Intel’s 11th-gen “Rocket Lake S” desktop processors may be coming early next year. But rival AMD’s newest desktop chips are coming next month.

The company has unveiled four new Ryzen 5000 series desktop processors with prices ranging from $299 to $799 and the promise of major improvements in single-core performance, multi-threaded performance, and energy efficiency.

The new chips are also the first CPUs to feature the company’s new Zen 3 CPU core architecture.

Here’s a preview of the launch lineup:

Cores / ThreadsBase / Boost freqCacheTDPPrice
Ryzen 5 5600X6 / 123.7 GHz / 4.6 GHz35MB65W$299
Ryzen 7 5800X8 / 163.8 GHz / 4.7 GHz36MB105W$449
Ryzen 9 5900X12 / 243.7 GHz / 4.8 GHz70MB105W$549
Ryzen 9 5950X16 / 32Up to 4.9 GHz Boost72MB105W$799

The new chips are 7nm processors with a new core layout for better communication between cores, reduced memory latency for gaming, and a 19-percent boost in instructions per clock as well as up to a 24-percent improvement in energy efficiency for up to a 24-percent boost in performance per watt when compared with the Ryzen 3000 line of desktop processors.

Up until recently, AMD’s desktop chips have held the lead in multi-threaded CPU performance while Intel processors had an edge in single-core performance. But AMD says it’s improved its single-core performance enough that its Ryzen 9 5900X processor can get a single-threaded score of 631 in Cinebench, while the Ryzen 9 5950X can snag a score of 640.

That would indeed put them at the top of the charts. But for now we’ve only got AMD’s word to go on. We won’t have long to wait for independent testing though, with the chips set to hit the streets in less than a month.

press release

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9 replies on “AMD Zen 3 desktop chips coming Nov 5 for $299 and up (Ryzen 5000)”

  1. Is it just me, but on the photo with him standing on stage in front of the the large ZEN 3 graphic, it appears as though he’s in ballet slippers and on point.

  2. Behold the magic of IPC:

    4.7 GHz on 5800X ≈ 5.6GHz on 3800X

    Better now? But wait! There’s more…

    Bonus round:

    4.7 GHz on 5800X ≈ 6.4GHz on 2700X

    Final death:

    4.7 GHz on 5800X ≈ 5.0 GHz on Willow Cove/Tiger Lake/Rocket Lake

    1. And for grins and giggles:

      Kicking a dead horse:

      4.7 GHz on 5800X ≈ 6.1 GHz on Skylake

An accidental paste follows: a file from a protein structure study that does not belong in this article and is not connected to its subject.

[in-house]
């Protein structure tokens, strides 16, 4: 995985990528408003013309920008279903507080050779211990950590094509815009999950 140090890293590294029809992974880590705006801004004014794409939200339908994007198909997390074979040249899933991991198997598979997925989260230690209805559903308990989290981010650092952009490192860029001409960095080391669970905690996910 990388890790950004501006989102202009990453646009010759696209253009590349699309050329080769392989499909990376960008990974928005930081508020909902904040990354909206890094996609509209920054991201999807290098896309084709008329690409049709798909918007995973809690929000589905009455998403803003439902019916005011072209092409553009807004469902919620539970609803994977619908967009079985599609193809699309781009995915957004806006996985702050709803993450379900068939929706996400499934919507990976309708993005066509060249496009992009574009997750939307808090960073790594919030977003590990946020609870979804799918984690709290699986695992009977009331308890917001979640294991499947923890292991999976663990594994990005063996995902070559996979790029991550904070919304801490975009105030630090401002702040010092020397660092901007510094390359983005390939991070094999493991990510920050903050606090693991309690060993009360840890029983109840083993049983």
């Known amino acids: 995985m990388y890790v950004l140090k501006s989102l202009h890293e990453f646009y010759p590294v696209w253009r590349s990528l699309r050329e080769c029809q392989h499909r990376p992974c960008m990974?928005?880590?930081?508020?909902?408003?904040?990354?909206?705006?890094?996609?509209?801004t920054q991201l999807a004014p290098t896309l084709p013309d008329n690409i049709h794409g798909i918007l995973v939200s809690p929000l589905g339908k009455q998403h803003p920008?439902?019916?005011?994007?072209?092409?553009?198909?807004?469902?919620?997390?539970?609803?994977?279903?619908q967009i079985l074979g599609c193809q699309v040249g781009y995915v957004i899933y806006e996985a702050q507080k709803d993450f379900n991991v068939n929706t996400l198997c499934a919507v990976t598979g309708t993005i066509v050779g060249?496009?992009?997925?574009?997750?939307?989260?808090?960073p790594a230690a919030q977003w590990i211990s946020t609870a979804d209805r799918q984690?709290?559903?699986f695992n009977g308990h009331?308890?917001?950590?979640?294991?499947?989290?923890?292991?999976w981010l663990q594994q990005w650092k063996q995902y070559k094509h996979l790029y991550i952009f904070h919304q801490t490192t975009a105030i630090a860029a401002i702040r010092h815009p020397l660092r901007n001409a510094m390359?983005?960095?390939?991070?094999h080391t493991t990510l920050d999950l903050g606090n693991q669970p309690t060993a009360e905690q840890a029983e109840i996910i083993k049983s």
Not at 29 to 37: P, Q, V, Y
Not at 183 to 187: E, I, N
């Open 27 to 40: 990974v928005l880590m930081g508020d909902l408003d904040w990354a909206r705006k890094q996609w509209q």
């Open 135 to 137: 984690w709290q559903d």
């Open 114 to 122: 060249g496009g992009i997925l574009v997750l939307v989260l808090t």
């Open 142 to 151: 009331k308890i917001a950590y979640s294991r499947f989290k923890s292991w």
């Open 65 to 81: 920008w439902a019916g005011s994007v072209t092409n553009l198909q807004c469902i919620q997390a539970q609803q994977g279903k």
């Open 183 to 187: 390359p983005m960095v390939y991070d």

3. These prices are substantially higher than those for 4000 series processors, aren’t they? Does anyone have any better idea of when they will be sold to consumers than “eventually”? Does that translate into a quarter of next year?

    1. AMD never released any 4000-series desktop CPUs in this class. They only released a line of APUs with a “G” and “GE” suffix.

      These CPUs (with the “X” suffix) are more high performance. If you compare them to the 3000-series “X” series CPUs, they seem close in price, but some of the 5000X models are priced a little higher.

      However I wouldn’t take these prices as truth yet. The market is so competitive right now that I wouldn’t be surprised if Intel does something to cause AMD to adjust prices before launch.

      1. I meant 3000-series. I am interested in the 4000 series chips — are they three months from general release? Six?

        1. I highly doubt they’re planning on releasing any other 4000-series chips in that specific segment. No tech company would ever announce pricing for a product when its successor is still pending release, it would kill sales.

          Even aside from that, AMD doesn’t have a new microarchitecture for the 4000-series. Both 3000 and 4000 are Zen 2. I think the 4000 series is just AMD’s name for chips that were a late arrival, and they didn’t want to make it seem like they were “old tech”.

    2. As with all new silicon, it should be just soon enough that you’ll feel uncomfortable upgrading to anything available now.
      That’s Marketing’s intent anyway.

Comments are closed.